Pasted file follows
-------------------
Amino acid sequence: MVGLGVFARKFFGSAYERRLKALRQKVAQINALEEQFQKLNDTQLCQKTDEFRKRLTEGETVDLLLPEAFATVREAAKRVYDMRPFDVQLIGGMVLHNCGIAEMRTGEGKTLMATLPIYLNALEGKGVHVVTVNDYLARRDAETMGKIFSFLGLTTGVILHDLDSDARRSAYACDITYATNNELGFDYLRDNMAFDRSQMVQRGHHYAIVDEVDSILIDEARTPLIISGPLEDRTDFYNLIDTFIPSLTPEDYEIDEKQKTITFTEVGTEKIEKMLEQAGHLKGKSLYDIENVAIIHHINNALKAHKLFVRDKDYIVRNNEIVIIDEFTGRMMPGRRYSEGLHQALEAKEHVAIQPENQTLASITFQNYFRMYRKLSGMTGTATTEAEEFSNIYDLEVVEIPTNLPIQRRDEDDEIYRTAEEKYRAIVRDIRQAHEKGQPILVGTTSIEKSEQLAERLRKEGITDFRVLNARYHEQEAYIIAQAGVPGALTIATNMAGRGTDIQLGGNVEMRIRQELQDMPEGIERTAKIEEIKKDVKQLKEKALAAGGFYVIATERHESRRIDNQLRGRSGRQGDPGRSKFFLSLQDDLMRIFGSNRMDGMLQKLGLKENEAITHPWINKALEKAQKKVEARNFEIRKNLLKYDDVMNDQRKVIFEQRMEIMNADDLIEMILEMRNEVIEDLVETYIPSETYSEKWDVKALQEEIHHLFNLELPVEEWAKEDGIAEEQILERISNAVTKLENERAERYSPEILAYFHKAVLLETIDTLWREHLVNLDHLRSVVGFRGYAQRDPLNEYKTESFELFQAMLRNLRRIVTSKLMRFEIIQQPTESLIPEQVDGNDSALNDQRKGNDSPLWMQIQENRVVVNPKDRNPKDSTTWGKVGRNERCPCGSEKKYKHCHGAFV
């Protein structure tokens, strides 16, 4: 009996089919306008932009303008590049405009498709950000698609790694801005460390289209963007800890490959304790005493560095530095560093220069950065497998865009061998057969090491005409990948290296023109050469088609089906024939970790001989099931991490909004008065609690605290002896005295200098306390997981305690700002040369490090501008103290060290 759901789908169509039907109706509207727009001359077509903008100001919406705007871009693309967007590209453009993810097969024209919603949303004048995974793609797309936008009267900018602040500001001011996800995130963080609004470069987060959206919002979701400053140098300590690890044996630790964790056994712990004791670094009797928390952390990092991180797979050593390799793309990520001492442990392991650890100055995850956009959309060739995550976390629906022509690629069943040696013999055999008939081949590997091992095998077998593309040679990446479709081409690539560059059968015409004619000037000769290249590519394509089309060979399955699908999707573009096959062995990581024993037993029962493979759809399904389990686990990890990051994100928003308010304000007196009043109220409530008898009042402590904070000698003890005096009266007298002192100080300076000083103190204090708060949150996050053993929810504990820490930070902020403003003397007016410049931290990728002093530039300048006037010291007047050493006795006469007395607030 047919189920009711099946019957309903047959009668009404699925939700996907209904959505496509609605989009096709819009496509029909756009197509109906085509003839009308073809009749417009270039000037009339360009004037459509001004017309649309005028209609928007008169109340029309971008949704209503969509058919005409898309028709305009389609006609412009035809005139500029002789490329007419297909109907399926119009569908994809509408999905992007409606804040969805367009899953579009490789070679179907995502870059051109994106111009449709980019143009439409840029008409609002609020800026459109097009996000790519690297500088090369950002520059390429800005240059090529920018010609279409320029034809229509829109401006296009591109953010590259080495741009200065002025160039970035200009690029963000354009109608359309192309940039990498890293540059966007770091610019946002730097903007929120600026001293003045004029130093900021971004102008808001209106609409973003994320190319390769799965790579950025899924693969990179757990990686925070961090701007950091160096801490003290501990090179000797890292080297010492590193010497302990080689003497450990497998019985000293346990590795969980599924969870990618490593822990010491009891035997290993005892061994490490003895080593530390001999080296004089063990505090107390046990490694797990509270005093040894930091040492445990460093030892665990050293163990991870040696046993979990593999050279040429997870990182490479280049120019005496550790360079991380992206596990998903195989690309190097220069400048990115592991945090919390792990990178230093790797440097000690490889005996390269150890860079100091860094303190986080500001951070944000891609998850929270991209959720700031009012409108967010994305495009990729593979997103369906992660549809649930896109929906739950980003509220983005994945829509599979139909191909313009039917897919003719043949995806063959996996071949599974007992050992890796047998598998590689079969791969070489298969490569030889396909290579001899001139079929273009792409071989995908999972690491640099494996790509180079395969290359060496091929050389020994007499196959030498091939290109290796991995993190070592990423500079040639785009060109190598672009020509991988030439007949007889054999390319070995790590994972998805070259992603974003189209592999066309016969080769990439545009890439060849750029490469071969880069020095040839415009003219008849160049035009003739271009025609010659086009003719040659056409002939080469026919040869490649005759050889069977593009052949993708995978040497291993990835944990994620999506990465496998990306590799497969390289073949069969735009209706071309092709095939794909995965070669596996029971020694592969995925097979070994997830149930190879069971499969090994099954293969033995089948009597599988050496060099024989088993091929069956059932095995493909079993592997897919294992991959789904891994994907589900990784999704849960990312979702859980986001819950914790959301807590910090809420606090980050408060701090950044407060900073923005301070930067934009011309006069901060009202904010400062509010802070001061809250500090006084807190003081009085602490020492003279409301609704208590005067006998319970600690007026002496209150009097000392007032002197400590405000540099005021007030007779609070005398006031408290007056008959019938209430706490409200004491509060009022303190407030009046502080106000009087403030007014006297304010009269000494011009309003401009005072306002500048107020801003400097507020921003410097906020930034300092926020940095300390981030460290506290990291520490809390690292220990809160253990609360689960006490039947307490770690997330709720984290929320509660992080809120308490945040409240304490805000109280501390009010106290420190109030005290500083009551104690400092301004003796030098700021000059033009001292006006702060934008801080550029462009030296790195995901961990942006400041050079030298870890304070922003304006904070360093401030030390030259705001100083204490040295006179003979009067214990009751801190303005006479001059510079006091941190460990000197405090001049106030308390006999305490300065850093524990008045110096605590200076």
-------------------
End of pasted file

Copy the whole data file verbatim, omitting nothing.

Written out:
Amino acid sequence: MVGLGVFARKFFGSAYERRLKALRQKVAQINALEEQFQKLNDTQLCQKTDEFRKRLTEGETVDLLLPEAFATVREAAKRVYDMRPFDVQLIGGMVLHNCGIAEMRTGEGKTLMATLPIYLNALEGKGVHVVTVNDYLARRDAETMGKIFSFLGLTTGVILHDLDSDARRSAYACDITYATNNELGFDYLRDNMAFDRSQMVQRGHHYAIVDEVDSILIDEARTPLIISGPLEDRTDFYNLIDTFIPSLTPEDYEIDEKQKTITFTEVGTEKIEKMLEQAGHLKGKSLYDIENVAIIHHINNALKAHKLFVRDKDYIVRNNEIVIIDEFTGRMMPGRRYSEGLHQALEAKEHVAIQPENQTLASITFQNYFRMYRKLSGMTGTATTEAEEFSNIYDLEVVEIPTNLPIQRRDEDDEIYRTAEEKYRAIVRDIRQAHEKGQPILVGTTSIEKSEQLAERLRKEGITDFRVLNARYHEQEAYIIAQAGVPGALTIATNMAGRGTDIQLGGNVEMRIRQELQDMPEGIERTAKIEEIKKDVKQLKEKALAAGGFYVIATERHESRRIDNQLRGRSGRQGDPGRSKFFLSLQDDLMRIFGSNRMDGMLQKLGLKENEAITHPWINKALEKAQKKVEARNFEIRKNLLKYDDVMNDQRKVIFEQRMEIMNADDLIEMILEMRNEVIEDLVETYIPSETYSEKWDVKALQEEIHHLFNLELPVEEWAKEDGIAEEQILERISNAVTKLENERAERYSPEILAYFHKAVLLETIDTLWREHLVNLDHLRSVVGFRGYAQRDPLNEYKTESFELFQAMLRNLRRIVTSKLMRFEIIQQPTESLIPEQVDGNDSALNDQRKGNDSPLWMQIQENRVVVNPKDRNPKDSTTWGKVGRNERCPCGSEKKYKHCHGAFV
């Protein structure tokens, strides 16, 4: 009996089919306008932009303008590049405009498709950000698609790694801005460390289209963007800890490959304790005493560095530095560093220069950065497998865009061998057969090491005409990948290296023109050469088609089906024939970790001989099931991490909004008065609690605290002896005295200098306390997981305690700002040369490090501008103290060290 759901789908169509039907109706509207727009001359077509903008100001919406705007871009693309967007590209453009993810097969024209919603949303004048995974793609797309936008009267900018602040500001001011996800995130963080609004470069987060959206919002979701400053140098300590690890044996630790964790056994712990004791670094009797928390952390990092991180797979050593390799793309990520001492442990392991650890100055995850956009959309060739995550976390629906022509690629069943040696013999055999008939081949590997091992095998077998593309040679990446479709081409690539560059059968015409004619000037000769290249590519394509089309060979399955699908999707573009096959062995990581024993037993029962493979759809399904389990686990990890990051994100928003308010304000007196009043109220409530008898009042402590904070000698003890005096009266007298002192100080300076000083103190204090708060949150996050053993929810504990820490930070902020403003003397007016410049931290990728002093530039300048006037010291007047050493006795006469007395607030 047919189920009711099946019957309903047959009668009404699925939700996907209904959505496509609605989009096709819009496509029909756009197509109906085509003839009308073809009749417009270039000037009339360009004037459509001004017309649309005028209609928007008169109340029309971008949704209503969509058919005409898309028709305009389609006609412009035809005139500029002789490329007419297909109907399926119009569908994809509408999905992007409606804040969805367009899953579009490789070679179907995502870059051109994106111009449709980019143009439409840029008409609002609020800026459109097009996000790519690297500088090369950002520059390429800005240059090529920018010609279409320029034809229509829109401006296009591109953010590259080495741009200065002025160039970035200009690029963000354009109608359309192309940039990498890293540059966007770091610019946002730097903007929120600026001293003045004029130093900021971004102008808001209106609409973003994320190319390769799965790579950025899924693969990179757990990686925070961090701007950091160096801490003290501990090179000797890292080297010492590193010497302990080689003497450990497998019985000293346990590795969980599924969870990618490593822990010491009891035997290993005892061994490490003895080593530390001999080296004089063990505090107390046990490694797990509270005093040894930091040492445990460093030892665990050293163990991870040696046993979990593999050279040429997870990182490479280049120019005496550790360079991380992206596990998903195989690309190097220069400048990115592991945090919390792990990178230093790797440097000690490889005996390269150890860079100091860094303190986080500001951070944000891609998850929270991209959720700031009012409108967010994305495009990729593979997103369906992660549809649930896109929906739950980003509220983005994945829509599979139909191909313009039917897919003719043949995806063959996996071949599974007992050992890796047998598998590689079969791969070489298969490569030889396909290579001899001139079929273009792409071989995908999972690491640099494996790509180079395969290359060496091929050389020994007499196959030498091939290109290796991995993190070592990423500079040639785009060109190598672009020509991988030439007949007889054999390319070995790590994972998805070259992603974003189209592999066309016969080769990439545009890439060849750029490469071969880069020095040839415009003219008849160049035009003739271009025609010659086009003719040659056409002939080469026919040869490649005759050889069977593009052949993708995978040497291993990835944990994620999506990465496998990306590799497969390289073949069969735009209706071309092709095939794909995965070669596996029971020694592969995925097979070994997830149930190879069971499969090994099954293969033995089948009597599988050496060099024989088993091929069956059932095995493909079993592997897919294992991959789904891994994907589900990784999704849960990312979702859980986001819950914790959301807590910090809420606090980050408060701090950044407060900073923005301070930067934009011309006069901060009202904010400062509010802070001061809250500090006084807190003081009085602490020492003279409301609704208590005067006998319970600690007026002496209150009097000392007032002197400590405000540099005021007030007779609070005398006031408290007056008959019938209430706490409200004491509060009022303190407030009046502080106000009087403030007014006297304010009269000494011009309003401009005072306002500048107020801003400097507020921003410097906020930034300092926020940095300390981030460290506290990291520490809390690292220990809160253990609360689960006490039947307490770690997330709720984290929320509660992080809120308490945040409240304490805000109280501390009010106290420190109030005290500083009551104690400092301004003796030098700021000059033009001292006006702060934008801080550029462009030296790195995901961990942006400041050079030298870890304070922003304006904070360093401030030390030259705001100083204490040295006179003979009067214990009751801190303005006479001059510079006091941190460990000197405090001049106030308390006999305490300065850093524990008045110096605590200076």